Light emanated from the screen door piercing through the darkness to provide an isolated spot the night had failed to claim. As Richard stood in the dull glow, he prepared himself for what lay on the other side.
Happy wife happy life, an expression tossed around by friends, family members, even mere acquaintances like a toy football that Richard failed to catch. Just the thought of hearing this remark directed at him, even in passing by someone who meant it to help, had potential to ruin his day.
Each time he heard it (and by now it had gotten to about every week), he despised the person who taunted him with such a simple solution without any knowledge of his personal life. Richard knew that a single mistake held the potential to nullify this advice in its entirety. Although To the average person it would mean nothing, to Richard the insult of this seemingly-benign-but-actually-quite-the-opposite phrase elicited a response that no other set of words had the power to.
Upon Richard hearing the saying, coals were dumped into the furnace inside of his soul. The blaze’s dull orange glow darkened and filled with a new vibrant energy, becoming a fierce red and igniting a distasteful passion. With the heat inside of him soaring, he had no choice but to bite his tongue to keep the inferno from leaking out of his mouth and burning the outside world.
After preventing an unwelcome portion of his inner monologue from being heard, he responded with a humorless laugh and a casual “Right.” The fire then dampened due to the steady downpour of a brooding storm cloud overhead.
The realization that he had little control over his own situation crept its way into his mind and transformed the space into a model of itself. For days (even weeks) after he heard the expression directed at him, the thought lingered and became a constant reminder of his various flaws.
“Come in,” A voice on the other side of the door beckoned him forward, rousing him from his thoughts. Looking up he found himself still standing in the same position outside the door. He walked through the door to see a familiar face sitting in front of him, illuminated by the same manufactured yellow light he had stood in outside the house. “Why were you out so late,”
“I just worked late,” As Richard responded, he avoided her gaze by focusing on setting his keys on the rack next to him.
“Worked late?” If given just the look on her face to observe, it wouldn’t be unreasonable to assume Richard had just confessed to a murder. “That’s the third time this week,”
“It’s fine, I’m here enough already,” After a long day, Richard’s joints ached and his head felt filled to the brim with the useless clamor of the day's activities. He began walking toward the living room to rest before she stopped him with another response.
“I need help around the house,” As she spoke she stumbled over her words in a frantic attempt to keep him listening. “You’re never here,”
Richard wanted to deny this. Before he made it out of the room, he stopped in his tracks to turn to her, but as he opened his mouth he found he had nothing to say. He wanted to tell her that every chance he could he stood by her side, needing nothing more than to be next to her, but that wasn’t the case. The impact of his absence on her life had nearly brought her to tears.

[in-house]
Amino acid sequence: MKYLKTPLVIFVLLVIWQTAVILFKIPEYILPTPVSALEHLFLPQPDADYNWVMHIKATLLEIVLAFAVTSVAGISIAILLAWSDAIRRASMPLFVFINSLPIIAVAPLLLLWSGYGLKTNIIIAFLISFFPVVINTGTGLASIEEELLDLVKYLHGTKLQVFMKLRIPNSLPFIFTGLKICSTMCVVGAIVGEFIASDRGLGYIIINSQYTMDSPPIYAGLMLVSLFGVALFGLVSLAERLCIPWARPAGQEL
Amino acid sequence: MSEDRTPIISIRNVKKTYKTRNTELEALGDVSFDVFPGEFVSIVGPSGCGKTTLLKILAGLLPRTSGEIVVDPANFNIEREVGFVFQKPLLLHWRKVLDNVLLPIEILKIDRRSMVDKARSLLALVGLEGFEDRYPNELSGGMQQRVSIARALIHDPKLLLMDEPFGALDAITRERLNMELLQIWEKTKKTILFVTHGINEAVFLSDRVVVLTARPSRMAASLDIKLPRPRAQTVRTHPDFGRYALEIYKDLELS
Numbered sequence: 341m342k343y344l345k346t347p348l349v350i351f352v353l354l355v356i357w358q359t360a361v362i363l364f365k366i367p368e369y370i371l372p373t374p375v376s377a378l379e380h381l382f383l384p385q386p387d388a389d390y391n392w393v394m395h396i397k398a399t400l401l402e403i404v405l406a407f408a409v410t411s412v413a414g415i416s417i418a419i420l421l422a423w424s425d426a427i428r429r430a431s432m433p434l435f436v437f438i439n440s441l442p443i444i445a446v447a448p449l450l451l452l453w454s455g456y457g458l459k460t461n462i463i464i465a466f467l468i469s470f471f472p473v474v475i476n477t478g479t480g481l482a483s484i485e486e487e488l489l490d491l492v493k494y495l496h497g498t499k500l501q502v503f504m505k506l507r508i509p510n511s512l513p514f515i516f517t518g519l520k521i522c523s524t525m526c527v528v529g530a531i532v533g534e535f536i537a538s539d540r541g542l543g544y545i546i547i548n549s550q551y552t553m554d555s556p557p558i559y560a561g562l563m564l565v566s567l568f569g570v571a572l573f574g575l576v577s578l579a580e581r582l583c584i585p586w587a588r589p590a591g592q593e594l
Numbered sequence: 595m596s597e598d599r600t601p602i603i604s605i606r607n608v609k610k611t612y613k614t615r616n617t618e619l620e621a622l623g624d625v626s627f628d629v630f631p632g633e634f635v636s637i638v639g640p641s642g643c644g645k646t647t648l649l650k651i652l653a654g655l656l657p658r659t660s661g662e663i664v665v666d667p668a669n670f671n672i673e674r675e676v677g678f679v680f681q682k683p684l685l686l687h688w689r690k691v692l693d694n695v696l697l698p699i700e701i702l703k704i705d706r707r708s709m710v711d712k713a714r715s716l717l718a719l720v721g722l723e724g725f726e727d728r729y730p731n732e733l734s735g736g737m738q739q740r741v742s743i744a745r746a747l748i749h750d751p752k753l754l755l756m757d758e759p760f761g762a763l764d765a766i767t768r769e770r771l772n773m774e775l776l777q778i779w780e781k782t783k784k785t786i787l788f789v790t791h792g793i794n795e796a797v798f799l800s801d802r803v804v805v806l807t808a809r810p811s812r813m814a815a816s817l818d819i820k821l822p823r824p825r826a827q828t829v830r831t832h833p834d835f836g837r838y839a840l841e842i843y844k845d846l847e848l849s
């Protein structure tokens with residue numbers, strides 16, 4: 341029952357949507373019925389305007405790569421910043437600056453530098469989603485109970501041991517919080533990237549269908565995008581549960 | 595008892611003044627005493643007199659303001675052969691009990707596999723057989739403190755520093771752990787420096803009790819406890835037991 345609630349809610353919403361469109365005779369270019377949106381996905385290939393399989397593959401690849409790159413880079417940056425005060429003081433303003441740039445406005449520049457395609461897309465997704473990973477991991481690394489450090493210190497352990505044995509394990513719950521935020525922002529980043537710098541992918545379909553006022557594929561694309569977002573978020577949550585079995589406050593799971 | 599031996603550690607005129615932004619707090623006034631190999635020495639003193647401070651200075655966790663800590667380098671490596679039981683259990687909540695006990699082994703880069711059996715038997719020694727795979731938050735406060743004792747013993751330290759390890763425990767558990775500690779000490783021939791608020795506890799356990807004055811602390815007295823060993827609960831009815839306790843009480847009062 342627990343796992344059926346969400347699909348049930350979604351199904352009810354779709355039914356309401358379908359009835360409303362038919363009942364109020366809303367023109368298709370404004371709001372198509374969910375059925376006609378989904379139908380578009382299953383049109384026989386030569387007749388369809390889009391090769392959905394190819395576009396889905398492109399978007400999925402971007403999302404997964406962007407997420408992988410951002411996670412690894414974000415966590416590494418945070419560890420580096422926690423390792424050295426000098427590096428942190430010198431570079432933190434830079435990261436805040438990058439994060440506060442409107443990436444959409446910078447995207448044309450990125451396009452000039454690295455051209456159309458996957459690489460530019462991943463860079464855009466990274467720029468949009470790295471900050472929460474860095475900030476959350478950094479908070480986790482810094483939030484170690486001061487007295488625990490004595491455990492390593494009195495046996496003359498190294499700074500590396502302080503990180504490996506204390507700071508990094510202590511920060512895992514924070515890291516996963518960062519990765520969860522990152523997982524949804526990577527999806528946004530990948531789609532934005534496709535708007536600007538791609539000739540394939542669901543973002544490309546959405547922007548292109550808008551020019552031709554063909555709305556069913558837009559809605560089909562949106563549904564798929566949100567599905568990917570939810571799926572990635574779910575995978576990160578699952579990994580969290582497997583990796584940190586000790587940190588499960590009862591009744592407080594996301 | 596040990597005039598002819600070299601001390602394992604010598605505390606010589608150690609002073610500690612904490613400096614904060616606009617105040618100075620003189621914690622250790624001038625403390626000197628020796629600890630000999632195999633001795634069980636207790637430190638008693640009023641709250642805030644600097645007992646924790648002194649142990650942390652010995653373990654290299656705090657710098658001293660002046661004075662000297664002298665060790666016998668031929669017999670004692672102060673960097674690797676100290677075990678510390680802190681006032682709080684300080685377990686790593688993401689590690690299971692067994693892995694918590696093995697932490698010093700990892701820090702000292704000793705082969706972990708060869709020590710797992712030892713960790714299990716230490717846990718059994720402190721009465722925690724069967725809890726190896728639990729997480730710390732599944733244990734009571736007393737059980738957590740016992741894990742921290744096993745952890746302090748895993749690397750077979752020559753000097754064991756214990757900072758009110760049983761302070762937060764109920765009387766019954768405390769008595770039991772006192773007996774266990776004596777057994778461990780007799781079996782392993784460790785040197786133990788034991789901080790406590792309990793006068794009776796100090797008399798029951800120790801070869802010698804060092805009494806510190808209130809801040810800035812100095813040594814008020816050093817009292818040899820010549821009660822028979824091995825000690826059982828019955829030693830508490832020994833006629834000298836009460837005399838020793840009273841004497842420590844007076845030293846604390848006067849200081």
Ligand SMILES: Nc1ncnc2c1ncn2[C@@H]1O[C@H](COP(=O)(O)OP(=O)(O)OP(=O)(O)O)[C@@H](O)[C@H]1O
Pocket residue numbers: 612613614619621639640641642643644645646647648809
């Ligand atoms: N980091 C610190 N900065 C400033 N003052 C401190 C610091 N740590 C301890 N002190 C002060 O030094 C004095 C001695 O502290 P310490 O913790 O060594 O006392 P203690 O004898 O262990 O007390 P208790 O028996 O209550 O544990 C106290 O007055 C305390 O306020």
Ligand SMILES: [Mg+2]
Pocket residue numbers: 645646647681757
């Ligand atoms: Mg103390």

“I know you’re sneaking out to see her,” As Richard heard the words escape her mouth, he knew he knew there was nothing he could do to persuade her that it was false. He had attempted to avoid her catching on by using various excuses, but by now the My car broke down’s and the The traffic was terrible’s had worn out. The mounting suspicion of an endless need for excuses, Richard thought, must have led her to uncover the truth.
“Yeah,” Richard looked to his feet to see the same black dress shoes he had worn to work for the past year. The tips of them had become littered with various scuffs and scratches. The glue fixing the sole to the rest of the shoe had come undone in various places, leaving visible gaps between them, “I’m sorry.”
As he stared down, he noticed their position on the ground. Each of his feet sat in the same place he had placed them when he walked in. This type of control was absent within other aspects of his life.
“I’m not mad,” Her voice shed its agitated style to return back to a calmer, more soothing tone. “I just wish you would've told me”
“She needs me,” Richard looked up to see the corners of her eyes begin to wet with tears. He hadn’t intended for his situation to get this far out of hand. After his mom had gotten into a terrible car accident, her physical state had been declining. In his attempt to provide for his mother, he neglected his other half, “Every day she’s getting worse, I just want to be there.”
“You don’t have to go through this alone,” As she spoke, she stood up and stepped towards Richard. She outstretched her arm to him, offering her support to him. Richard tilted his head towards the hand before him, and then fell towards her, wrapping his arms around her.
As the two embraced, Richard felt a warmth he hadn’t felt since his mother’s accident. Not the type of warmth that fills one's body after an unjustified blow to their pride is received. Not the type of warmth from giving a gift and feeling your heart flutter as the person enjoys it, or even the type of subtle warmth that quickly spreads in the upper pants region after an unexpected “spill”. While the two stood holding each other in their arms, he felt the bittersweet, comfortable warmth of knowing you have someone standing by your side despite the army standing to your front.